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PATHOLOGY OF HIGH ALTITUDE PULMONARY OEDEMA.

Byline: Nasir Saleem Rifat Nadeem Ahmad Syed Yousaf Kazmi Muhammad Usman and Farhan Akhtar

ABSTRACT

Objective: To describe autopsy findings in fatal cases of high altitude pulmonary oedema.

Study Design: Descriptive study.

Place and Duration of Study: The study was carried out between 1999 and 2002 at an army field medical unit in Baltistan Armed Forces Institute of Pathology Rawalpindi and Army Medical College Rawalpindi Pakistan.

Patients and Methods: Autopsies were performed in 17 fatal cases of High Altitude Pulmonary Edema (HAPE) occurring among soldiers serving in Siachen.

Results: All cases were males with a mean age of 26.8 years (19-35). The mean altitude at which HAPE occurred was 5192 meters (2895-6492) and the mean duration of stay at these altitudes was 15.3 days (1-30). Eleven individuals had undergone proper acclimatization. The commonest clinical findings were cough (70%) dyspnoea (53%) nausea (47%) headache (41%) vomiting (35%) chest pain (35%) and tightness in chest (24%). Cyanosis and frothy secretions in the nostrils and mouth were present in all but one case. Mean combined weight of lungs was 1470 grams (1070-1810). There was marked congestion of outer and cut surfaces. Interstitial oedema was present in all cases. RBCs and leukocyte infiltrates were seen in 13 and alveolar hyaline membranes in 9 cases. Thrombi were seen in 2 cases. Cerebral oedema was present in 9 cases.

Conclusion: HAPE can occur after more than two weeks of stay at high altitudes despite proper acclimatization. Concomitant cerebral oedema is frequently present. Our autopsy findings are consistent with what has been reported previously.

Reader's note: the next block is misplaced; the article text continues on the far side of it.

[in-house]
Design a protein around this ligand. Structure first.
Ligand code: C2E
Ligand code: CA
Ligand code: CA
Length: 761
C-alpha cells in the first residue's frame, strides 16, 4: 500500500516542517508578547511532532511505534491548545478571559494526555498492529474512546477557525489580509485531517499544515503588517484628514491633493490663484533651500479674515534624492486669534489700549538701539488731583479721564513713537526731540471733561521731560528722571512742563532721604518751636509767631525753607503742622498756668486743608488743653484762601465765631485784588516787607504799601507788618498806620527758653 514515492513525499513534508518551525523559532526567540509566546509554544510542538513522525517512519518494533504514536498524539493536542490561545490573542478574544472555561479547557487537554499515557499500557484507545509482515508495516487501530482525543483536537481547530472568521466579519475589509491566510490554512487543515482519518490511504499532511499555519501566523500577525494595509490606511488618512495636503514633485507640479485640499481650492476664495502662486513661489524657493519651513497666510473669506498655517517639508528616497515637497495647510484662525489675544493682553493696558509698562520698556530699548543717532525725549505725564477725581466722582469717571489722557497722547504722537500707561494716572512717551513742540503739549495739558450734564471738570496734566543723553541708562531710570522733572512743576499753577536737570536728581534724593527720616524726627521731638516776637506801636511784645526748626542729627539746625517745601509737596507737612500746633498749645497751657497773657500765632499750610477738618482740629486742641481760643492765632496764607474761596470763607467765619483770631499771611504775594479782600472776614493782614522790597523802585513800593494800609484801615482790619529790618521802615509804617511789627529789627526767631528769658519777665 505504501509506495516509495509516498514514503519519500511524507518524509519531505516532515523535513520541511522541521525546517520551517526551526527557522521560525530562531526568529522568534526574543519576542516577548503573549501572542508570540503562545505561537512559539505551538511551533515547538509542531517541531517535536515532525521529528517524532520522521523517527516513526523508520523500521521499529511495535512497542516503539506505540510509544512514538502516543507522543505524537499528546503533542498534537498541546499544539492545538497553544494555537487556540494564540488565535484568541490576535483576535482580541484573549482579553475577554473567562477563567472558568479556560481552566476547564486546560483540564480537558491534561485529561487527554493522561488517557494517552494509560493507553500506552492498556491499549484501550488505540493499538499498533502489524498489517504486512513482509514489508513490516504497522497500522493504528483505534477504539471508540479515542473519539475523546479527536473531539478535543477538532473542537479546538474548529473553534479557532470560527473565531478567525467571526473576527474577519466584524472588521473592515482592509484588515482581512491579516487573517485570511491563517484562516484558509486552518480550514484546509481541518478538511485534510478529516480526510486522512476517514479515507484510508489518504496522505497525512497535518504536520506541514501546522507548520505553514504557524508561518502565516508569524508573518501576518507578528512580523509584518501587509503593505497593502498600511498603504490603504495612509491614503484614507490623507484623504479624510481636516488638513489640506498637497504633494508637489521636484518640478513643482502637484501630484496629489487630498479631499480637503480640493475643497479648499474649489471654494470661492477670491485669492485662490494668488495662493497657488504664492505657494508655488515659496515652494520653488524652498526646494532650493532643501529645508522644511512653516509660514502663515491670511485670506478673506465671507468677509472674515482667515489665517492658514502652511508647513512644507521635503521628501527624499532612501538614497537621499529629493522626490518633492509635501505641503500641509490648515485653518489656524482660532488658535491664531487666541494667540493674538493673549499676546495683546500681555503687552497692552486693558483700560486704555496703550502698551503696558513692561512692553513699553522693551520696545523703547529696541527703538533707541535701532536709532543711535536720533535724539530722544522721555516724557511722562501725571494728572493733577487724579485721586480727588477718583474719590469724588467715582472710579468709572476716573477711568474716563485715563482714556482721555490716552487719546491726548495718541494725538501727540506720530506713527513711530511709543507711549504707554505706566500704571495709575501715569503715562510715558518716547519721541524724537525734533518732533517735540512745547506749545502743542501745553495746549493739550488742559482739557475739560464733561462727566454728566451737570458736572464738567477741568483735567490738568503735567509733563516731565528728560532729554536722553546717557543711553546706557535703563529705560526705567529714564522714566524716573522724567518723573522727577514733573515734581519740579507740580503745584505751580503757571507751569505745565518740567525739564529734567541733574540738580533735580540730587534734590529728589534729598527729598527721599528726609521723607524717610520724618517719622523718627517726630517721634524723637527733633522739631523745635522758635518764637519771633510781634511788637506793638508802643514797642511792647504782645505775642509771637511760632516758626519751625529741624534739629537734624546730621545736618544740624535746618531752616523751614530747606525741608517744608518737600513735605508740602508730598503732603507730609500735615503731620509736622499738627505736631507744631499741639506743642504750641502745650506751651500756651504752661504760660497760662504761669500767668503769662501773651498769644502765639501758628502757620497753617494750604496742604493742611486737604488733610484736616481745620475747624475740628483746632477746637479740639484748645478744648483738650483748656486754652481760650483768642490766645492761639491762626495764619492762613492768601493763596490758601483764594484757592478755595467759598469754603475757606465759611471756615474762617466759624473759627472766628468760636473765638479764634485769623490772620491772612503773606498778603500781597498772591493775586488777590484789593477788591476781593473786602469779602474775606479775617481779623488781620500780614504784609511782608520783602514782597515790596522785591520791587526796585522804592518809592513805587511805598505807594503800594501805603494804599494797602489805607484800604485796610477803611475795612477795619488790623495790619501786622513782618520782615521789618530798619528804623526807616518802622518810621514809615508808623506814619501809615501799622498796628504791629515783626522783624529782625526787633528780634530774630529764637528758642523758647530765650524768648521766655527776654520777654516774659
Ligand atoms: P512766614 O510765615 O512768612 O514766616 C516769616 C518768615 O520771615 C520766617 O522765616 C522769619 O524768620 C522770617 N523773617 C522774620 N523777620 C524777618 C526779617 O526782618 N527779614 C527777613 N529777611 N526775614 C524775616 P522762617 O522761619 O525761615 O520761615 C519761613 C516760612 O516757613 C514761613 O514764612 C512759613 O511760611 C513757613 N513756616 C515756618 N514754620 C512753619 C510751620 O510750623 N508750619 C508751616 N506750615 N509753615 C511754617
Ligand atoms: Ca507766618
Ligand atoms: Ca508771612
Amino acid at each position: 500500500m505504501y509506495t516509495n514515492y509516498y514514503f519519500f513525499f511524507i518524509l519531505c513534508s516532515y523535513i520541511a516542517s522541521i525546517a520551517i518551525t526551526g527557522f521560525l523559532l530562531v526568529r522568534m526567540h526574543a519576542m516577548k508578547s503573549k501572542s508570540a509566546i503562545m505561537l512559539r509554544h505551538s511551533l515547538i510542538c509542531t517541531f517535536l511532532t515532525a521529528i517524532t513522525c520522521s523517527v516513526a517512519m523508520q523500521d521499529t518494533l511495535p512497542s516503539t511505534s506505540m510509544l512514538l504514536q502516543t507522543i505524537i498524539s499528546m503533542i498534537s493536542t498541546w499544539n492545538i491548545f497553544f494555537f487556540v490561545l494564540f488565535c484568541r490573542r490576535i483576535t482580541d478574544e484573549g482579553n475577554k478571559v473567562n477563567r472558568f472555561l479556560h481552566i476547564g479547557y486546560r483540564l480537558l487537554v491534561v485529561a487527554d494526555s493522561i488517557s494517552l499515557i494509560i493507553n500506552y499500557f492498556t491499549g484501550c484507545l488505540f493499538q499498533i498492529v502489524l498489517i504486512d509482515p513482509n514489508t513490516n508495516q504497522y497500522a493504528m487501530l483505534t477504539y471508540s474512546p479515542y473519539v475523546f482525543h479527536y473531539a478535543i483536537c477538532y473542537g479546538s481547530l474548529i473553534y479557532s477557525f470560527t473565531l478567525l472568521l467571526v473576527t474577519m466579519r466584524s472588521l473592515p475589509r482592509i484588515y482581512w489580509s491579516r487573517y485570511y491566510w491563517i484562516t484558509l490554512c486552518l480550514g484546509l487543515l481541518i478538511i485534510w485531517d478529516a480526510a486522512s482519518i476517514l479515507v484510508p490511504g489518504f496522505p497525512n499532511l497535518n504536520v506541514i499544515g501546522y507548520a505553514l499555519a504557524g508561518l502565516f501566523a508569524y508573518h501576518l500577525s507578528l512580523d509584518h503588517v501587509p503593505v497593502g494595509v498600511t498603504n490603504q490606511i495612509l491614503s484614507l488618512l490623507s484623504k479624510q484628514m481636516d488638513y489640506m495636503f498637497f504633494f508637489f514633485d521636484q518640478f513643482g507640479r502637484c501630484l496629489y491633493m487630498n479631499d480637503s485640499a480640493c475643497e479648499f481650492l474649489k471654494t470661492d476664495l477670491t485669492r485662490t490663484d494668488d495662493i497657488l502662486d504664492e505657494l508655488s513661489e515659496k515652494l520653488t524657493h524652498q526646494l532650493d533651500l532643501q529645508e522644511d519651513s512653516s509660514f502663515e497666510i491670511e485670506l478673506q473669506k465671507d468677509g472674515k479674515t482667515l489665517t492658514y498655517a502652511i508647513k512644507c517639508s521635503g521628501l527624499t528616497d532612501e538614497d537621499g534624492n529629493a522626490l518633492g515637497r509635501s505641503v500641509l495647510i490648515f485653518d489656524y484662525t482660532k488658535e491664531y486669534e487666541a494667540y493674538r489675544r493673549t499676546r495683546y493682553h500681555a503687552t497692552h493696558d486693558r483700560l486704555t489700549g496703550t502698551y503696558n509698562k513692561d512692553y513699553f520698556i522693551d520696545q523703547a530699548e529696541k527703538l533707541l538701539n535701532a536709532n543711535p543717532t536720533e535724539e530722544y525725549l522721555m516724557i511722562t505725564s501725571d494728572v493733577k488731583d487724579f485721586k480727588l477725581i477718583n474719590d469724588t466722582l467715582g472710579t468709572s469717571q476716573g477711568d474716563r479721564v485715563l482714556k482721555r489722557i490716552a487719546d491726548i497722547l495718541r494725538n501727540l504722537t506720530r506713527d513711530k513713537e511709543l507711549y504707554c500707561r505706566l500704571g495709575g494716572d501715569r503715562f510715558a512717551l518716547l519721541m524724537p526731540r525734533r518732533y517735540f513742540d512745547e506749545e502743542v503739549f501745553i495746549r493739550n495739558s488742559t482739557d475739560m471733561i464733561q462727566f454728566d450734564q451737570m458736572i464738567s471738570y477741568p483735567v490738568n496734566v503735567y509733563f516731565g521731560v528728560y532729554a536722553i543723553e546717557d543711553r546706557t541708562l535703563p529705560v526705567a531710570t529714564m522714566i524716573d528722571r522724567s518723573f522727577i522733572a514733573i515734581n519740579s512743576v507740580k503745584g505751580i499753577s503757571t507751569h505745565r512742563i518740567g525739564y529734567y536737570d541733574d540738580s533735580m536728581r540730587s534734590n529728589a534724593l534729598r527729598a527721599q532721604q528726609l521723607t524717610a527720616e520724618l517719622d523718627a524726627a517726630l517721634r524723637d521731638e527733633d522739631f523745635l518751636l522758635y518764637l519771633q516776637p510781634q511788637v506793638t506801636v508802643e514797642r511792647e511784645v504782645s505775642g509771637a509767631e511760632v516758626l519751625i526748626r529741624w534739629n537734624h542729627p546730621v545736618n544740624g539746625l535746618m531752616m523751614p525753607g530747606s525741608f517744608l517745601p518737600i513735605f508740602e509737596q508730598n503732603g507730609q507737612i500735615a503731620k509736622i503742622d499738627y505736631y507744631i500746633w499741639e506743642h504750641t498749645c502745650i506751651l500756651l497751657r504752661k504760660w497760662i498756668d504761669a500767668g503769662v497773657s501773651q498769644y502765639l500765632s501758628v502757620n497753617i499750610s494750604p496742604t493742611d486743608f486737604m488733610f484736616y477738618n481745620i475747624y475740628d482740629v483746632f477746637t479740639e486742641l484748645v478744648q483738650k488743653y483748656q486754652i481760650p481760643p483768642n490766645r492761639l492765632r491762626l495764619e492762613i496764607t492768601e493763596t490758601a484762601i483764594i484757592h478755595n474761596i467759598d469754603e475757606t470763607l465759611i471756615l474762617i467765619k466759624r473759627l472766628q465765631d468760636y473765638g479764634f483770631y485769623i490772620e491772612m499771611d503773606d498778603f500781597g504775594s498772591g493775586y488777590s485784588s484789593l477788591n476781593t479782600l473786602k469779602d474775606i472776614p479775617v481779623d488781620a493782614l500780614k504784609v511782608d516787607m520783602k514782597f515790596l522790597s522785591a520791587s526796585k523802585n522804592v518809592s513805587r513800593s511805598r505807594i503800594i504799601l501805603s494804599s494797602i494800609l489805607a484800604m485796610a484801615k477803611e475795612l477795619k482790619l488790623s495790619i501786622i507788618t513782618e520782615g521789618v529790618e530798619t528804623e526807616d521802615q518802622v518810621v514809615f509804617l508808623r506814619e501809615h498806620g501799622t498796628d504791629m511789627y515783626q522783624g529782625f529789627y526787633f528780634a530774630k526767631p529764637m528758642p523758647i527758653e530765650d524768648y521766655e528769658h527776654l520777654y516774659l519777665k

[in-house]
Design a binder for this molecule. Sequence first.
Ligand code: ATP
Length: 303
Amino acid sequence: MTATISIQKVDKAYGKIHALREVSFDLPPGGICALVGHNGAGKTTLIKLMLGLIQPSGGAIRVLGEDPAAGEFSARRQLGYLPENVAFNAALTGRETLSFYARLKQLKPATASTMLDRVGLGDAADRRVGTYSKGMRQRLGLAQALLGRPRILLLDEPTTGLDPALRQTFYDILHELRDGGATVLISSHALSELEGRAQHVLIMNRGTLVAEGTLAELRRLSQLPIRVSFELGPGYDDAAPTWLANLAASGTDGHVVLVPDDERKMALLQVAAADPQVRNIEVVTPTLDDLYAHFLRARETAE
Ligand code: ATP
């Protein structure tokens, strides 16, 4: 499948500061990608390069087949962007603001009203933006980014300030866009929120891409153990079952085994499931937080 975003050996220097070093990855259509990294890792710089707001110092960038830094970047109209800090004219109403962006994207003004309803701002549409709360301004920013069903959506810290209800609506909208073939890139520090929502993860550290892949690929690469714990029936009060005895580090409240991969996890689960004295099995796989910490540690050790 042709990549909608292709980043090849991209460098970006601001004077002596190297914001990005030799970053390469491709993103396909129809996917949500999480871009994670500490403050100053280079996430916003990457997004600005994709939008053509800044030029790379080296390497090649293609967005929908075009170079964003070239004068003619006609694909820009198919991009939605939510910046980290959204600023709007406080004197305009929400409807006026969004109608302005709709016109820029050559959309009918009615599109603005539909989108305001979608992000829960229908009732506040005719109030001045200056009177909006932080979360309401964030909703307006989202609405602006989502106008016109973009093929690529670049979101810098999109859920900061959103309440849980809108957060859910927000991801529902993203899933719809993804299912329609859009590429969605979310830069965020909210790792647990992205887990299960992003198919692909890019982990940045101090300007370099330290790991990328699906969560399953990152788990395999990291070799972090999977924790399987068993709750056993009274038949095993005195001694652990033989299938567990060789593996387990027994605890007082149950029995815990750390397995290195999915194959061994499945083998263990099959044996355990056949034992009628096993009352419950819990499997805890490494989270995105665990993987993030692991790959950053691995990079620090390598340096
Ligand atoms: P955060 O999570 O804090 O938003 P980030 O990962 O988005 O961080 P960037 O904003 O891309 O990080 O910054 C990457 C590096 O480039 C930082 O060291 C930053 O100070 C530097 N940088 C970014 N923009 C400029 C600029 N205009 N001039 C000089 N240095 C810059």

Keywords: Autopsy study Cerebral oedema High altitude pulmonary oedema. INTRODUCTION

The effects of high altitude range from frost bite to acute mountain sickness and potentially fatal pulmonary and cerebral edema. They are a result of body's response to hypoxia and cold. High Altitude Pulmonary Edema (HAPE) is a severe and often fatal disease which develops in individuals exposed to high altitude above 2500 meters (8200 feet)1. High altitude is defined as 1500-3500 meters (5000-11500 feet) very high altitude as 3500-5500 meters (11500-18000 feet) while extreme altitude is above 5500 meters (18000 feet)2. The symptoms typically develop 2 to 5 days after reaching high altitude. These include shortness of breath which increases progressively tightness and pain in chest and cough. Cough is usually dry in the beginning and later becomes productive often with frothy blood-stained sputum. These symptoms gradually increase in intensity and may be accompanied by progressive deterioration of consciousness headache and vomiting1-4.

Hypoxia at high altitude results in exaggerated pulmonary vasoconstriction and raised pulmonary artery and capillary pressure leading to increased filtration of fluid and proteins into the alveoli. The raised hydrostatic pressure can also lead to disruption of alveolar microvasculature which may trigger a secondary inflammatory response; further increasing capillary permeability156. The increased permeability of alveolar capillaries results in collection of protein-rich fluid in the alveoli. It is believed that pulmonary vasoconstriction in HAPE is uneven causing varying blood flow in different parts of lungs5. This probably explains the patchy nature of oedema observed in cases of HAPE4. Although there are no definite predictors of a person's susceptibility to HAPE; factors such as altitude rate of ascent acclimatization and individual susceptibility can all have a direct relationship with its development37.